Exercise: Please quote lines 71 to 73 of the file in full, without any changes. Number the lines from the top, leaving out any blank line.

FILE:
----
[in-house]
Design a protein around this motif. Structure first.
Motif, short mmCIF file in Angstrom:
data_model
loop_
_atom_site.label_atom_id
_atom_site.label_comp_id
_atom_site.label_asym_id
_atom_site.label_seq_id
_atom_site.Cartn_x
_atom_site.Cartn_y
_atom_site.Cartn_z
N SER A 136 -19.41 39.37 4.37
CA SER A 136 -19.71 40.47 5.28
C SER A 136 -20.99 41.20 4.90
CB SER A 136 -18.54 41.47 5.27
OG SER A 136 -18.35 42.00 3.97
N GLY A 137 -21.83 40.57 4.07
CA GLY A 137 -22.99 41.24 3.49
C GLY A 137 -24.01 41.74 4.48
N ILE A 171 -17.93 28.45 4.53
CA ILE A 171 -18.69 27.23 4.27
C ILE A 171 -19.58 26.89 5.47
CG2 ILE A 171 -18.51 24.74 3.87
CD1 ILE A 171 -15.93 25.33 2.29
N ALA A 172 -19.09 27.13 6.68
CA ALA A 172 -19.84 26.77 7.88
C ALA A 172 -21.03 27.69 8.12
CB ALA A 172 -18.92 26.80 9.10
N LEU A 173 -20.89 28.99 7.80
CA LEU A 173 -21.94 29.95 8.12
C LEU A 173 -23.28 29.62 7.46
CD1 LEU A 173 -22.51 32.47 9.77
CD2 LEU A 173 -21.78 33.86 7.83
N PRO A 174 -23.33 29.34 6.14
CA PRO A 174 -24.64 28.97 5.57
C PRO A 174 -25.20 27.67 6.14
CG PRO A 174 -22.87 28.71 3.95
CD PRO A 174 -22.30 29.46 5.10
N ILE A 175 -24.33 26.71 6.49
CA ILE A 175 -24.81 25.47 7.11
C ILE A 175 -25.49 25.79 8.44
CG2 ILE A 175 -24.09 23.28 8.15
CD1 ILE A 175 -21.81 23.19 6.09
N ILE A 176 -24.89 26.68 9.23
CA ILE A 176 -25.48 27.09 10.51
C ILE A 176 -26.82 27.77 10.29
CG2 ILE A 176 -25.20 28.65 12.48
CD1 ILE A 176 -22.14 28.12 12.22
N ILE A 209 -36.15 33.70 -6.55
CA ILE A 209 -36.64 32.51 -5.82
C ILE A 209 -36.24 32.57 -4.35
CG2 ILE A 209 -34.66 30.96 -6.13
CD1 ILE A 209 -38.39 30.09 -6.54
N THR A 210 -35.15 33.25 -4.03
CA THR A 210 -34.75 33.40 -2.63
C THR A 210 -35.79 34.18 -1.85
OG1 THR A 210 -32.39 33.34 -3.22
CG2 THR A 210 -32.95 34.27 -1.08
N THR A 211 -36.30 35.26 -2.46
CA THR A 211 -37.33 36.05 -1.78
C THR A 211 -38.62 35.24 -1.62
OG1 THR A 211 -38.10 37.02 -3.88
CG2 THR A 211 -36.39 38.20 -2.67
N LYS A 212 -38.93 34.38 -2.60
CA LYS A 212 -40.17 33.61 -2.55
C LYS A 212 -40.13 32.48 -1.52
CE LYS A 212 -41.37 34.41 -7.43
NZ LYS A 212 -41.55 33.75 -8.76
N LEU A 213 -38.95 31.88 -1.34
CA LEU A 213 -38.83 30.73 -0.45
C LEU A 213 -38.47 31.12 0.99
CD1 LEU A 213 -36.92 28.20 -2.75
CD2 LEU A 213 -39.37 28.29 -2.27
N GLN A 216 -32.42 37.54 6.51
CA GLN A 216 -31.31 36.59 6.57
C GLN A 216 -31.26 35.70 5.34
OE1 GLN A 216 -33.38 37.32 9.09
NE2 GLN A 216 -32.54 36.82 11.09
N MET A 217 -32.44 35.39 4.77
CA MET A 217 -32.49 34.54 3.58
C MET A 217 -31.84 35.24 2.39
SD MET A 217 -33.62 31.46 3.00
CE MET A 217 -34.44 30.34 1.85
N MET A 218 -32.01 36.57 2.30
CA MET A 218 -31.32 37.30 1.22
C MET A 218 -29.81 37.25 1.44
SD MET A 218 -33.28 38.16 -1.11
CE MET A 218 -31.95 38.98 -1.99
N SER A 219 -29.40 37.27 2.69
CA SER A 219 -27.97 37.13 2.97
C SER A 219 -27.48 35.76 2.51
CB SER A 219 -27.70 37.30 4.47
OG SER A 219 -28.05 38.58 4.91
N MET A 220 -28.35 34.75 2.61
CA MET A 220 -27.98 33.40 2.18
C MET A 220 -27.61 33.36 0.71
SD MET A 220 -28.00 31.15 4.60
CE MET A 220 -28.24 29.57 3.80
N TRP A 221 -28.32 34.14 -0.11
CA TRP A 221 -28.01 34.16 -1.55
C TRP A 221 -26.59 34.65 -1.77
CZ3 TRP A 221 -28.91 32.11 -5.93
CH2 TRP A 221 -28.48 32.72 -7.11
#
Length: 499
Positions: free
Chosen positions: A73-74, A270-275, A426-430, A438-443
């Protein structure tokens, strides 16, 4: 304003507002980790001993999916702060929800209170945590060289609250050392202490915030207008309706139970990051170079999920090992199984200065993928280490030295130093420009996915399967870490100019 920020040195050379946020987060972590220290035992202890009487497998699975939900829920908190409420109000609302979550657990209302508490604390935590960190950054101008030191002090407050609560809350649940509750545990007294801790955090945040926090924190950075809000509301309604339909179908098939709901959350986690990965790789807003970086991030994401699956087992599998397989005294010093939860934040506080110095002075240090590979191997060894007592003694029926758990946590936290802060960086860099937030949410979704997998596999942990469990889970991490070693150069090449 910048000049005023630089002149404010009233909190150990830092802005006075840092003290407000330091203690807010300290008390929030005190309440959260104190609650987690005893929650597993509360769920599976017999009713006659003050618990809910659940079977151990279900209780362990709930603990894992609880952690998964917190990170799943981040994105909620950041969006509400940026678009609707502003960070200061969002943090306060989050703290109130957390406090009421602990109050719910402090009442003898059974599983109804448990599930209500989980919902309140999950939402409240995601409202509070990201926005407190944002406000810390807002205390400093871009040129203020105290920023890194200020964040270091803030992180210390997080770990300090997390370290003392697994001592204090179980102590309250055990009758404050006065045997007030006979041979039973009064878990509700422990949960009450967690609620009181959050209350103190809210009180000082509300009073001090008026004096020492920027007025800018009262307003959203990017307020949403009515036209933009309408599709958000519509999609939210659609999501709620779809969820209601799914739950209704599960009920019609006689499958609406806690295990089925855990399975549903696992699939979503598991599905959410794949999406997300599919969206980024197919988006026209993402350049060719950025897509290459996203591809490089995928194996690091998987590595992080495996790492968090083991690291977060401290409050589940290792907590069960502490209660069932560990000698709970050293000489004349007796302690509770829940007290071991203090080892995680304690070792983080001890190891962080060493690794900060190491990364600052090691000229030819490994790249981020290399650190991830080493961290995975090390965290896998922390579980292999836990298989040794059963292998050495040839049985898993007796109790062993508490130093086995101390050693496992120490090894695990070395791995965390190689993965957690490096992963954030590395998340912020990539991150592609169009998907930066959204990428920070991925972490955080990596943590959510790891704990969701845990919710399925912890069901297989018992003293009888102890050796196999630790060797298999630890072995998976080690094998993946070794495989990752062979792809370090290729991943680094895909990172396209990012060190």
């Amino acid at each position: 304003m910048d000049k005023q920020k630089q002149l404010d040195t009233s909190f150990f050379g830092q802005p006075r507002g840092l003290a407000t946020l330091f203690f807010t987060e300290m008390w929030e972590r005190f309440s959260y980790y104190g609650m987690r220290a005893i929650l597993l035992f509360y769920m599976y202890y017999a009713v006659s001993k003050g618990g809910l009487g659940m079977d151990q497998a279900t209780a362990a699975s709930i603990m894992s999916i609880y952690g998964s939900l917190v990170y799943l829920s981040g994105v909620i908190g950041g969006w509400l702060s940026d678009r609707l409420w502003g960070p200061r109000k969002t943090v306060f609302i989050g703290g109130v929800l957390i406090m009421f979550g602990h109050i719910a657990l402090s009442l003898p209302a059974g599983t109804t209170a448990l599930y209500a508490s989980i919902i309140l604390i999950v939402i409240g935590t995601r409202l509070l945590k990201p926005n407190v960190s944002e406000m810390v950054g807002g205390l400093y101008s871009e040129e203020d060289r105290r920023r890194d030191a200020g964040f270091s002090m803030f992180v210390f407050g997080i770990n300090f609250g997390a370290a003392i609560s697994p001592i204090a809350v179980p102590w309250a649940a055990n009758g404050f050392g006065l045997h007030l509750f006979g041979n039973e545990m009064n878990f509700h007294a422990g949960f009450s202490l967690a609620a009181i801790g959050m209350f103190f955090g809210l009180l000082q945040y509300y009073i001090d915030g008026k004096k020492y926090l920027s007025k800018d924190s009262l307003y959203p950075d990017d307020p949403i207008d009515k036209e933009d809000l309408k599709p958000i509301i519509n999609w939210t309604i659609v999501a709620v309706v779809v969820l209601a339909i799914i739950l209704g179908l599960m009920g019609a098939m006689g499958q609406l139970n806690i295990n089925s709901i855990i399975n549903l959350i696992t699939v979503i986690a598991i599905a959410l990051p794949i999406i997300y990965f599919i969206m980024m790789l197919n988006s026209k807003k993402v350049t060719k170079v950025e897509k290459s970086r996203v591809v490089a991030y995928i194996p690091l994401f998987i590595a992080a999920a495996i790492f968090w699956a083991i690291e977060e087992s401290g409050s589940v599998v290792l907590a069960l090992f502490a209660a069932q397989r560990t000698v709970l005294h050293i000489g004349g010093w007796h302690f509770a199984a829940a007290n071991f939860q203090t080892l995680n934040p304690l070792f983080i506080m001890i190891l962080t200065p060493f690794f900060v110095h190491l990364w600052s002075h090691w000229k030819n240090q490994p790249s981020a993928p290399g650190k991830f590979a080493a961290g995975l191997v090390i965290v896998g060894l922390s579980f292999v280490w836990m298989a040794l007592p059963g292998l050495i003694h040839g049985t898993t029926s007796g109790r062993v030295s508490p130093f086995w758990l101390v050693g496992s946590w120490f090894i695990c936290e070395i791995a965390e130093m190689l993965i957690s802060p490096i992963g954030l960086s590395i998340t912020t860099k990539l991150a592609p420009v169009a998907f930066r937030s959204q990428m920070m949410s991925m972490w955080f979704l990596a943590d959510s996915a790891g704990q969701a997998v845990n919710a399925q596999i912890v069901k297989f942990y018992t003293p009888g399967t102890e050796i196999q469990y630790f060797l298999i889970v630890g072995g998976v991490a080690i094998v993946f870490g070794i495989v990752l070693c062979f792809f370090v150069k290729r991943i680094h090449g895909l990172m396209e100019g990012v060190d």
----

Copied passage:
CA LEU A 213 -38.83 30.73 -0.45
C LEU A 213 -38.47 31.12 0.99
CD1 LEU A 213 -36.92 28.20 -2.75